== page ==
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Providing evidence to improve practice

Individual study: Insect pests and beneficial arthropod populations under different hedgerow intercropping systems in semiarid Kenya

Published source details

Girma H., Rao M.R. & Sithanantham S. (2000) Insect pests and beneficial arthropod populations under different hedgerow intercropping systems in semiarid Kenya. Agroforestry Systems, 50, 279-292


This study is summarised as evidence for the intervention(s) shown on the right. The icon shows which synopsis it is relevant to.

Plant new hedges Natural Pest Control

A randomised, replicated, controlled trial in 1995-1996 in Machakos, Kenya (Girma et al. 2000) found the type of hedge species affected the abundance of some but not all natural enemies and pests in bean Phaseolus vulgaris or maize Zea mays plots. During the dry season, there were more wasps (Hymenoptera) near hedges of croton Croton megalocarpus, gliricidia Gliricidia sepium, mulberry Morus alba, siamea Senna siamea and spectabilis Senna spectabilis (averaging 19-25 wasps/trap) compared to other hedge species (10-15 wasps). Spiders (Araneae) were more abundant near hedges of calliandra Calliandra calothyrsus, croton, grevillea Grevillea robusta, lantana Lantana camara and siamea than other hedge species. Hedge type did not affect ladybird (Coccinellidae) or aphid (Aphidoidea) abundance or levels of pest infestation in beans and maize. Hedges were planted 8 m upslope of 10 x 10 m plots in 1993 using nine tree/shrub species (as above, plus flemingea Flemingia macrophylla) and pruned to 0.5 m. Beans were grown in the short- and maize in the long-rain season. There were four replicates/hedge species. Two yellow pan traps and two pitfall traps were placed in each plot (one of each near the hedge, one of each 4 m away) and monitored every 10 days.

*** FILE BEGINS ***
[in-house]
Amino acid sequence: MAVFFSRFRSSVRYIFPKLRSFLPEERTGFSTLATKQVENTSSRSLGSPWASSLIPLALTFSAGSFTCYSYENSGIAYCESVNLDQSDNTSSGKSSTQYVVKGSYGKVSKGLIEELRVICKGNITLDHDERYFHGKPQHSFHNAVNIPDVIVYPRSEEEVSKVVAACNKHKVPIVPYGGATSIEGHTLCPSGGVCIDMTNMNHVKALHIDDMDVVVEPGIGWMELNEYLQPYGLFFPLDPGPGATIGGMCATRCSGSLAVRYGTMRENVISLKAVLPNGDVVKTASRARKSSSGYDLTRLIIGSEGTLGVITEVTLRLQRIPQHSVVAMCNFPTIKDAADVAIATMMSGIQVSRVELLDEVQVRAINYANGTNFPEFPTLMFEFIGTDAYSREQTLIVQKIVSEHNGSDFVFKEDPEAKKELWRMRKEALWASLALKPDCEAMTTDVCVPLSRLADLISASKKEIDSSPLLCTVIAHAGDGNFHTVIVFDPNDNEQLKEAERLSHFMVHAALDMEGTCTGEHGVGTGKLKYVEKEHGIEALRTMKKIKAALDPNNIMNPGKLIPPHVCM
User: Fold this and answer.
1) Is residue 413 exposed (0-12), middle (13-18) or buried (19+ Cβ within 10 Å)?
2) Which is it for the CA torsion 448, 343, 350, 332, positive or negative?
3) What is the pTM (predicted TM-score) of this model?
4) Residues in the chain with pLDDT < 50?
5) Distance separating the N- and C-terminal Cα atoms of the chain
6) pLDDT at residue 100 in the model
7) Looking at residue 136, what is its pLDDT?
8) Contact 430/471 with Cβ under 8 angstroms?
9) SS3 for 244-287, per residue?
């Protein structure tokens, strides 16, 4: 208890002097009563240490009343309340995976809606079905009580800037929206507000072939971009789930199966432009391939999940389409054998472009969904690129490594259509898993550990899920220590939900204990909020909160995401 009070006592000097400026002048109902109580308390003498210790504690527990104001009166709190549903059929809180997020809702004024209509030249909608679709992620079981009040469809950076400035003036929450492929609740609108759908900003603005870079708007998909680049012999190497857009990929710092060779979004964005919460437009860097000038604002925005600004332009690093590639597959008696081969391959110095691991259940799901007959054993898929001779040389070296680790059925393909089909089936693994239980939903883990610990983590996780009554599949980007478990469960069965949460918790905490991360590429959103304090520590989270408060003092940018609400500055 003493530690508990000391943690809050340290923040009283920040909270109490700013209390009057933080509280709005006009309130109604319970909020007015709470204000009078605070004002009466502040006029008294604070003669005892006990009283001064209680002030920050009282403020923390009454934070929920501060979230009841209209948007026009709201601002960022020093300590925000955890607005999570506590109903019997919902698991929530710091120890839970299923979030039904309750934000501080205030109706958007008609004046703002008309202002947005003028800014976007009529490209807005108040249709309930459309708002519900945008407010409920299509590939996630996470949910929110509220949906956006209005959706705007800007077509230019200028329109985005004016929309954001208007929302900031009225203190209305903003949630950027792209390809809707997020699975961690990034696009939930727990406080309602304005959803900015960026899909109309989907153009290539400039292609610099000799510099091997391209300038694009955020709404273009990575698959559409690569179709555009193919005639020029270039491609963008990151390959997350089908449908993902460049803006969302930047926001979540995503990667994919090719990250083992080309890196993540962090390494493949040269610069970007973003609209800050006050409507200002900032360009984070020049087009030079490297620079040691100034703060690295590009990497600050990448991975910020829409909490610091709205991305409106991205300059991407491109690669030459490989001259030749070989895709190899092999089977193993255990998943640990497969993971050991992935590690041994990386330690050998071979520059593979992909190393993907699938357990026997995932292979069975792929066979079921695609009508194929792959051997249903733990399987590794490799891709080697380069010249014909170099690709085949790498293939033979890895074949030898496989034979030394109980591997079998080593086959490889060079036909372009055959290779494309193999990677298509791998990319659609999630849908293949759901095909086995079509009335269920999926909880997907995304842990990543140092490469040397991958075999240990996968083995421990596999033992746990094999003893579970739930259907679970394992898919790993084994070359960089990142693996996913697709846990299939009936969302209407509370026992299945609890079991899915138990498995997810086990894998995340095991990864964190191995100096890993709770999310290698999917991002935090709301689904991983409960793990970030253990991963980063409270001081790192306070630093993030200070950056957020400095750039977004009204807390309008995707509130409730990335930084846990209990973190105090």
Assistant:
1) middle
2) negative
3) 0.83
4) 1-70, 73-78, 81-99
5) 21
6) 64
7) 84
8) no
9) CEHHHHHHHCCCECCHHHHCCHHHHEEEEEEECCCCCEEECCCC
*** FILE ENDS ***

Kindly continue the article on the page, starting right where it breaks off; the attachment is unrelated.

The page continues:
Use alley cropping Natural Pest Control

A randomised, replicated, controlled trial in 1995-1996 in Machakos, Kenya (Girma et al. 2000) found more wasps (Hymenoptera) (65 vs. 45) and spiders (Araneae) (96 vs. 71) but fewer ladybirds (Coccinellidae) (14 vs. 23) in alley cropped plots compared to conventional plots. Alley cropped plots had fewer aphids (Aphidoidea) (520 vs. 895 individuals). Maize Zea mays had lower aphid Rhophalosiphum maidis and stalk borer (maize stalk borer Busseola fusca and Chilo spp.) infestations in alley cropped than conventional plots (21% vs. 32% and 17% vs. 30% infestation, respectively). However, alley cropped beans Phaseolus vulgaris had higher beanfly Ophiomyia spp. infestation than conventional beans (35% vs. 25% plants infested). The proportion of aphid Aphis fabae infestations in beans was similar between plots (14% vs. 13%). The type of hedge species affected the abundance of some but not all pest and natural enemies studied. Hedges in alley cropped plots were planted 8 m upslope of crops in 1993 (using nine tree species) and pruned to 0.5 m. Beans were grown in the short- and maize in the long-rain season. Alley cropping was replicated 36 times and conventional cropping four times in 10 x 10 m plots. See also 'Plant new hedges'.